TransCanada makes new application to U.S. State Department for Keystone XL
TransCanada CEO Russ Girling arrives to speak at the 20th Annual Whistler Institutional Investor Conference, in Whistler, B.C., on Wednesday January 25, 2017. TransCanada Corp. said Thursday it has submitted a new presidential permit application to the U.S. Department of State for approval of the Keystone XL pipeline.
Image Credit: THE CANADIAN PRESS/Darryl Dyck
January 27, 2017 - 7:00 AM
CALGARY - TransCanada Corp. (TSX:TRP) has submitted a new presidential permit application to the U.S. Department of State for approval of the Keystone XL pipeline.
The application comes only days after U.S. President Donald Trump asked the company to reapply and signed an order to help expedite the project.
The pipeline would ship oil 1,900 kilometres from Alberta to Steele City, Neb., where it would connect with other lines leading to refineries along the U.S. Gulf Coast.
TransCanada CEO Russ Girling said the project, which would carry some 830,000 barrels of oil a day, remains in the interests of both Canada and the U.S.
"This privately funded infrastructure project will help meet America's growing energy needs as well as create tens of thousands of well-paying jobs and generate substantial economic benefit throughout the U.S. and Canada," Girling said in a statement.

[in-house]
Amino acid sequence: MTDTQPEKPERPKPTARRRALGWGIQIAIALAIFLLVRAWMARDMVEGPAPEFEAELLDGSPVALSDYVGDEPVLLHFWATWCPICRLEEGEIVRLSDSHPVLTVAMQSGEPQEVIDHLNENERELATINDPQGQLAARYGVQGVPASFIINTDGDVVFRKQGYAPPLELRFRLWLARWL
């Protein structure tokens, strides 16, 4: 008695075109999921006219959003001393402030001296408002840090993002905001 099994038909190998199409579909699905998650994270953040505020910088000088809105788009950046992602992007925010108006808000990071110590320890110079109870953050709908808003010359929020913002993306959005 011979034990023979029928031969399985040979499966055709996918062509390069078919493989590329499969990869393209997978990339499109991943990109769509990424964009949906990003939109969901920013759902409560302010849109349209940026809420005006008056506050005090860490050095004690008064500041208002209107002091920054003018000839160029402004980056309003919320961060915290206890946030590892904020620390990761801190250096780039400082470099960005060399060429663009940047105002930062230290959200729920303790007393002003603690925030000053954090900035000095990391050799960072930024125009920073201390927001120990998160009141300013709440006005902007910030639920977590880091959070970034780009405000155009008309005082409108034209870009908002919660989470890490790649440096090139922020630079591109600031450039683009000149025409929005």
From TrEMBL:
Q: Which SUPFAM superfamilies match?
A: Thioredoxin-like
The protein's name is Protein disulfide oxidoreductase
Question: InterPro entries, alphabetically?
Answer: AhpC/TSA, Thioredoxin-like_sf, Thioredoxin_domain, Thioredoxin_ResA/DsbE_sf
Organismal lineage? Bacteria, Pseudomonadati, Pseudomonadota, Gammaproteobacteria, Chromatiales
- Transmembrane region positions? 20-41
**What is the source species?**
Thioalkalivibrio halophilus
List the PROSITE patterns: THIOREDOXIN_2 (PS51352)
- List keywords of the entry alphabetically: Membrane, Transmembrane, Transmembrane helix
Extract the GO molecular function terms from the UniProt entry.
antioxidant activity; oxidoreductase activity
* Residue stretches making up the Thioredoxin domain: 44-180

On Tuesday, Trump directed the State Department and other agencies to make a decision within 60 days of a final application and declared that a 2014 environmental study satisfies required reviews under environmental and endangered species laws.
A day later, Girling, speaking publicly for the first time since Trump's move, said the company was talking with shippers to determine if they still support Keystone XL.
The company still faces bitter opposition from environmentalists, landowners and aboriginals who are determined to block Keystone XL, with hundreds protesting in front of the White House on news of Trump's order.
Former president Barack Obama rejected Keystone XL in late 2015, declaring it would undercut U.S. efforts to clinch a global climate change deal that was a centrepiece of his environmental agenda.
In response, TransCanada filed notice to launch a $15-billion claim under the North American Free Trade Agreement. It also filed a lawsuit in the U.S. Federal Court in Texas alleging that Obama exceeded his power under the U.S. Constitution by denying construction of the project.
In its announcement Thursday, TransCanada did not provide an update on the status of those actions.
News from © The Canadian Press, 2017